Dinosaur Ridge was ranked no. 1 site for dino tracks in the U.S.
Dinosaurs are no longer roaming the earth, but their tracks live on. In the foothills on the Front Range of Colorado, a story can be told from pieces of the past left behind.
Dinosaur Ridge has been ranked by a panel of esteemed paleontologists as the no. 1 track site in all the U.S.
In an area of just a few hundred square feet, 330 dinosaur tracks have been discovered. However, the land was very different 100 million years ago. World-renowned paleontologist Martin Lockley said the giant prehistoric animals weren’t a mile high in the Rocky Mountains.
They were on the beach at sea level in an environment very similar to present day Gulf of Mexico. The soft, wet, sandy land made conditions ideal for preserving tracks.
Want to see the fossils for yourself? Check out the trail info below:
Dinosaur Ridge Trail
16831 W. Alameda Parkway, Morrison
Length: 2 miles roundtrip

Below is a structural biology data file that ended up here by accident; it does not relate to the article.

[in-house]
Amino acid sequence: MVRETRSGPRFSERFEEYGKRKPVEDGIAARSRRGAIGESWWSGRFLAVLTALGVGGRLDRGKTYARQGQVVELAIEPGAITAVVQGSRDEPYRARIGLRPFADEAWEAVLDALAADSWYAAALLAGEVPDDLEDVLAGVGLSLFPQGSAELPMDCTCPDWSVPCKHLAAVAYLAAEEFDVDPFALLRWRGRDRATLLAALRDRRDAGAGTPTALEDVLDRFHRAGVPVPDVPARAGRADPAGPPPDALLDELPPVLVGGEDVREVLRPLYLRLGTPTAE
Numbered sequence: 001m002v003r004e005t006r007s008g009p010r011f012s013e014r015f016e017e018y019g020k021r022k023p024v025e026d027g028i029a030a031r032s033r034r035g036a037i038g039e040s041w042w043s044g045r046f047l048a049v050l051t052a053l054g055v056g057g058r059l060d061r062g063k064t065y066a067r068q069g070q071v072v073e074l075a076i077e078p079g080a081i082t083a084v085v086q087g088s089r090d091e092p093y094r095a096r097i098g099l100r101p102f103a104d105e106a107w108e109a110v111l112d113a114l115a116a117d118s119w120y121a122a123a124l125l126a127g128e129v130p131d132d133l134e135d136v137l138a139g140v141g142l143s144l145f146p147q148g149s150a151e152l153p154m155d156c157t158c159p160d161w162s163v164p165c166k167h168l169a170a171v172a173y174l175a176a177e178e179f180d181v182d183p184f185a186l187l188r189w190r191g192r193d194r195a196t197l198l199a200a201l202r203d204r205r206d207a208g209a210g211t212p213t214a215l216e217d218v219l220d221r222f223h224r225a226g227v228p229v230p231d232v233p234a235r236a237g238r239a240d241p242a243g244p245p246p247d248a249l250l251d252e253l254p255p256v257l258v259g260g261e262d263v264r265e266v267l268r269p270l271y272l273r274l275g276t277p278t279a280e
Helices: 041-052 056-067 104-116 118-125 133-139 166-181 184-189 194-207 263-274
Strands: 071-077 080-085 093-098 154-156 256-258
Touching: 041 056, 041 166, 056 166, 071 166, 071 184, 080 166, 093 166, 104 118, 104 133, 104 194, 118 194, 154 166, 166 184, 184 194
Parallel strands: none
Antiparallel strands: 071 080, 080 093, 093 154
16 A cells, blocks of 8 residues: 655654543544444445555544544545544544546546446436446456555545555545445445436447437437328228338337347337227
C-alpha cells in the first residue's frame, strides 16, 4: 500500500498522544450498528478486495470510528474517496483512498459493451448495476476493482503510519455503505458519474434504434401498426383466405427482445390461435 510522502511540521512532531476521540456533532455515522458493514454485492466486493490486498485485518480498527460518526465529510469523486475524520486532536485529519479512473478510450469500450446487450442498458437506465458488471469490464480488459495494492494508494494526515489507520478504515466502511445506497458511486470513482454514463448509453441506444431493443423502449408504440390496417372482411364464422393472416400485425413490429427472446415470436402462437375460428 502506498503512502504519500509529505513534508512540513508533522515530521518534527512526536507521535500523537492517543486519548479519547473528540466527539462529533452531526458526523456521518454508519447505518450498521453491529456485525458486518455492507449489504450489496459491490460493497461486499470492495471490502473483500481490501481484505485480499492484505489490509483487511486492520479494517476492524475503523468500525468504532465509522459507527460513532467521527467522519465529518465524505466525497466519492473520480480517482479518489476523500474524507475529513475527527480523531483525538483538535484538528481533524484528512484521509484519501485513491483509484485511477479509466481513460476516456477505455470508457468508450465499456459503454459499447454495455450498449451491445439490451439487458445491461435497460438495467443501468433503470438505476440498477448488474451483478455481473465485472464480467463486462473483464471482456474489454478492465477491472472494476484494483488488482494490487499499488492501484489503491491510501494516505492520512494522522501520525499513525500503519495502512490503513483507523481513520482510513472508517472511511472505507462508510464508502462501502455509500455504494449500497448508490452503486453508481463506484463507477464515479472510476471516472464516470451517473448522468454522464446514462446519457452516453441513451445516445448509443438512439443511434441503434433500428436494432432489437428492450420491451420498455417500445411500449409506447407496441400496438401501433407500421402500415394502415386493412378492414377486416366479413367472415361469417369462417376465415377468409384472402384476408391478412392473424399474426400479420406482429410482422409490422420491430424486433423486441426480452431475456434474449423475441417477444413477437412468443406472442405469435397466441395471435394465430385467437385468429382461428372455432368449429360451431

Admittedly this isn’t a nature hike, but it’s too good to skip. The Dinosaur Ridge Trail is a paved section of West Alameda Parkway that begins at the main visitor gift shop on the east side of Dinosaur Ridge. Known for its 300 tracks left by three different dinosaurs and one crocodilian, according to Friends of Dinosaur Ridge, children will marvel at the dino history with named sites such as Crocodile Creek and Brontosaur Bulges.
A dinosaur bone site is also along the trail, famous as the location of the first Stegosaurus discovery. The trail ends at the Discovery Center at the west gate and families need to walk the last bit on the road to reach their car, but there has been more than one kid who is not ready to leave just yet.
Mountainfilm On Tour brings 10 documentary shorts, focusing on equity, to two local high schools and two local movie theaters. “Brotherhood Of Skiing,” for example, is about African Americans who love skiing and want to pass that love to the next generation.